Thursday, December 18, 2008

Sad Classical Music fMRI Study

Reference: Mitterschiffthaler, Martina T., and Cynthia H.Y. Fu, Jeffrey A. Dalton, Christopher M. Andrew, and Steven C.R. Williams. A Functional MRI Study of Happy and Sad Affective States Induced by Classical Music. Human Brain Mapping 28:1150-1162 (2007)

Posted by Devon Fornelli

There were many levels involved in this research experiment. Firstly, researchers had to assemble a list of musical examples they could label as “happy”, “sad”, and “neutral”. Then they had to confirm that these pieces were indeed happy, sad, or neutral by conducting a research survey with a different set of subjects. Once they had designated a number of pieces that were associated with and emotion, they were prepared to proceed with their main study.
In the main study, researchers exposed listeners to pieces that were rated as happy, sad or neutral and took fMRI readings as they listened to excerpts of each piece. Subjects were also asked to rate each excerpt as happy, sad or neutral following each excerpt.
Based on the previous categorization of pieces as being associated to an emotion and subjects’ subjective reporting of what emotion they perceived in the music, researchers were able to localize areas in the brain as they reacted to happy, sad and neutral music.
The researchers raise the problem that the order in which the excerpts were introduced affected how later excerpts were perceived. For example, if a happy excerpt was played first, then there was a slight emotional bias based towards “happy” as subjects rated later examples. The same happened when sad excerpts were played first. This demonstrates how order affects and skews subjects’ later perceptions.
Results: happy musical stimuli were associated with increased activity in the bilateral ventral and left dorsal striatum, left ACC, and left parahippocampal gyrus. Sad musical stimuli were associated with increased activation in the right medial temporal structures.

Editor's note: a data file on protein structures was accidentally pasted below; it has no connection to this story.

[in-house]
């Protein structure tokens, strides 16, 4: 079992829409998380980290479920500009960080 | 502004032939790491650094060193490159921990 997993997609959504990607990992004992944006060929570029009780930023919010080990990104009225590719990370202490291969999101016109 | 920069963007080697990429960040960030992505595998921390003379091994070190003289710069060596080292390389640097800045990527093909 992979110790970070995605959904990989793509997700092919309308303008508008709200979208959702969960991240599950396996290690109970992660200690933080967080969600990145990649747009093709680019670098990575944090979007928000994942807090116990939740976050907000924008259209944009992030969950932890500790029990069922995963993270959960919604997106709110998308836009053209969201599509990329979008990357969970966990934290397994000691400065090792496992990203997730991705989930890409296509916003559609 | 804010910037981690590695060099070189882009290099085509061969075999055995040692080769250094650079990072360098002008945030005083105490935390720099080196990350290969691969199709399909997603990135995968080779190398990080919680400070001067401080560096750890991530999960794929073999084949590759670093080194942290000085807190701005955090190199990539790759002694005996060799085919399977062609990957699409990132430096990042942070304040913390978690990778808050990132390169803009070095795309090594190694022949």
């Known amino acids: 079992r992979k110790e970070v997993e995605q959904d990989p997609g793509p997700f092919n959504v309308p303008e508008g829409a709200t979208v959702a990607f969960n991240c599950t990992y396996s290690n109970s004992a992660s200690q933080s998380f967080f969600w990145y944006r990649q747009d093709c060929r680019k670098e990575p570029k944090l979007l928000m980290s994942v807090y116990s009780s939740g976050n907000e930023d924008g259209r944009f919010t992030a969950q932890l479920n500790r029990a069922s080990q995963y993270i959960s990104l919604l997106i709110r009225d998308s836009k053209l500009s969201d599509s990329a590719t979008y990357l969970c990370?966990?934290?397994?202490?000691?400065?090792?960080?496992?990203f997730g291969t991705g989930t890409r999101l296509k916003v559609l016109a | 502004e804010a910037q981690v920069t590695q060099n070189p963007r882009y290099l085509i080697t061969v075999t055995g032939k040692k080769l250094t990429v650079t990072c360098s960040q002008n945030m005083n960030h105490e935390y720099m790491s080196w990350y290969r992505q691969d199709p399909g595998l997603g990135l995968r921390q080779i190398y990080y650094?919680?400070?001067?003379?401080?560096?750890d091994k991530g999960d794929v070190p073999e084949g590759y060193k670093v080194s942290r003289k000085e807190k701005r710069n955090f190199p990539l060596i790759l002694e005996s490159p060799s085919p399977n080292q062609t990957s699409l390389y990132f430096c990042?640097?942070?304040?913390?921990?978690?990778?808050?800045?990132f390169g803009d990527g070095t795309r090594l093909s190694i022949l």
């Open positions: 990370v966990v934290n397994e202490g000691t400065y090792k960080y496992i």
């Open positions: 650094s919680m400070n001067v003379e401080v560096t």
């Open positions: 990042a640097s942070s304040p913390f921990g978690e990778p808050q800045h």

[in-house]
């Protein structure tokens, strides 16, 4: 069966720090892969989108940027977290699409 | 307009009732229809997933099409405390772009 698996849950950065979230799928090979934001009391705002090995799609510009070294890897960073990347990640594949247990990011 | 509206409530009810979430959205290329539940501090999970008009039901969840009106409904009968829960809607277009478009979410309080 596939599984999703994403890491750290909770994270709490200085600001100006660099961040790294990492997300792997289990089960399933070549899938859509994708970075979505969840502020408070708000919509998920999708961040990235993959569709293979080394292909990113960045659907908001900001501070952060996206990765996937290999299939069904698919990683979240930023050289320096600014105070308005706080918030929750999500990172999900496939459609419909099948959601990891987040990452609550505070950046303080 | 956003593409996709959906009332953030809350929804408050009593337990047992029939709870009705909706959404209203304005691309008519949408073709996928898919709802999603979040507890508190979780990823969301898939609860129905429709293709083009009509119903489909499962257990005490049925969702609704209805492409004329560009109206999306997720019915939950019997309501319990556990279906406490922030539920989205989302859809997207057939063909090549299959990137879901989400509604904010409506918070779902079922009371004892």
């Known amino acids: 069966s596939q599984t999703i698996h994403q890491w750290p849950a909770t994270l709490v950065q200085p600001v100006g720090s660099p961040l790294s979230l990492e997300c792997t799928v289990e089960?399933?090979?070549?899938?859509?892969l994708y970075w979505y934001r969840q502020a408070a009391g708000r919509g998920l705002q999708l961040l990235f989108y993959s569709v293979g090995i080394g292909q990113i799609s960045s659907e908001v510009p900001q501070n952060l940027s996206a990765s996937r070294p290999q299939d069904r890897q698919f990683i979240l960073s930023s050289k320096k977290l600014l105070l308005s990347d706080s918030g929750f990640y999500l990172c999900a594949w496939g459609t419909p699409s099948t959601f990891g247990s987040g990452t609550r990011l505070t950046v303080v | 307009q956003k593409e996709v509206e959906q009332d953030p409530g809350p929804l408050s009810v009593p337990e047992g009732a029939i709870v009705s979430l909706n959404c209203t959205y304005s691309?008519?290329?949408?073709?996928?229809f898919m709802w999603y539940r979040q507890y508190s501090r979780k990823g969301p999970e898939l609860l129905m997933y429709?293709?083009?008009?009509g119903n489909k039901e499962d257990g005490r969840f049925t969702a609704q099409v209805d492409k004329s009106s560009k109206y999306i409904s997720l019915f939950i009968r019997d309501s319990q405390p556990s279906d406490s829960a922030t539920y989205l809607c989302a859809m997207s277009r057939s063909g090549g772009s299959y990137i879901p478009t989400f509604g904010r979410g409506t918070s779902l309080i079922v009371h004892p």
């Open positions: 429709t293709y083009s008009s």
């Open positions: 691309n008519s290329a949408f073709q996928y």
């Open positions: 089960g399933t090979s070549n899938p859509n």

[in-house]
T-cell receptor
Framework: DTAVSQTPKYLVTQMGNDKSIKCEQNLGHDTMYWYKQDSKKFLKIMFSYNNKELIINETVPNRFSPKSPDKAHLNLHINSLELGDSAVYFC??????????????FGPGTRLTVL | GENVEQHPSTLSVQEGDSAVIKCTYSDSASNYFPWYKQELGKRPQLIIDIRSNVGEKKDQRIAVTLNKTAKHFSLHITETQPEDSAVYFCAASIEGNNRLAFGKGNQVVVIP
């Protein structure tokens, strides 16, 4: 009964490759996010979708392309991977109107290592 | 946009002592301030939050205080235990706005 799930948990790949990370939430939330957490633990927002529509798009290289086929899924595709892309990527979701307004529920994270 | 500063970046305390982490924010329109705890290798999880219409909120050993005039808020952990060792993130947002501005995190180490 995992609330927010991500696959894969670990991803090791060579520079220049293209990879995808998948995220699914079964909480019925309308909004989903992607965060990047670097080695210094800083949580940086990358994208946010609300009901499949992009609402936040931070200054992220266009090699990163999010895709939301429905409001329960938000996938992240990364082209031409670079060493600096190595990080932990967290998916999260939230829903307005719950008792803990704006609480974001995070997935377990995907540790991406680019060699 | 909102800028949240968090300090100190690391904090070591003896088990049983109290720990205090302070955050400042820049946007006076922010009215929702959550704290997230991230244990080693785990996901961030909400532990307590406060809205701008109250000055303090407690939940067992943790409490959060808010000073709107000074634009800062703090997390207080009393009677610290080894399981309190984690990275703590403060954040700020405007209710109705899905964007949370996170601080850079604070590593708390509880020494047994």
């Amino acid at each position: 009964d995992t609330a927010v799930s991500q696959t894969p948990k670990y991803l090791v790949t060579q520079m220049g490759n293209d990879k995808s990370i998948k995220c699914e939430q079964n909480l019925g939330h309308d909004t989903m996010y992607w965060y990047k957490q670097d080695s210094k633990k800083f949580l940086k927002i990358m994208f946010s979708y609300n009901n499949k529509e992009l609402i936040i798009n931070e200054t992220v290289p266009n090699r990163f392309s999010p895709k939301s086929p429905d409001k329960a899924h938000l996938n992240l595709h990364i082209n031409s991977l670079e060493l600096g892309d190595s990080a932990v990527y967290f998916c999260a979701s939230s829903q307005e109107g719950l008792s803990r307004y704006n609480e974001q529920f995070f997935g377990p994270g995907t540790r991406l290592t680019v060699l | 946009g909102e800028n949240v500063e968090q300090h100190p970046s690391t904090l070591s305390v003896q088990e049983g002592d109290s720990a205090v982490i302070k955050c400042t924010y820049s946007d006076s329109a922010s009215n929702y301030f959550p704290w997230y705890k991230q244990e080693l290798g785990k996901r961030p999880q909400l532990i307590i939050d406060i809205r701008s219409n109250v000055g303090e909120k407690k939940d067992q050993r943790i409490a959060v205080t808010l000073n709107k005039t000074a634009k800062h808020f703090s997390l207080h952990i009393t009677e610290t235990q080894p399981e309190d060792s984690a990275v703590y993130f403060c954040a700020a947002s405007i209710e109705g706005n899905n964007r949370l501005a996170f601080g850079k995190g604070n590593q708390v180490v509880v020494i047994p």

I believe this research goes a long way in proving how music can influence our emotional states. Though I am not qualified to comment on the details brought up in this exhaustive study, I can estimate that the scientific research undertaken helps to prove what many may have guessed was fact: that music influences our mood/emotions. What is especially interesting in this study is how important listening order is in subjects’ perceptions. This is what I understand from their findings: the music that we listen to first in our playlist will determine how we perceive all the music that follows. In other words, if I were to listen to a driving, energetic piece of “happy” music, all the subsequent pieces I listen to will be perceived in relation to that first piece, and likely “tinged” or “tainted” by the happiness of the initial piece; whether or not the following pieces happen to be sad or neutral, they will be perceived in relation to the happiness from the first piece.

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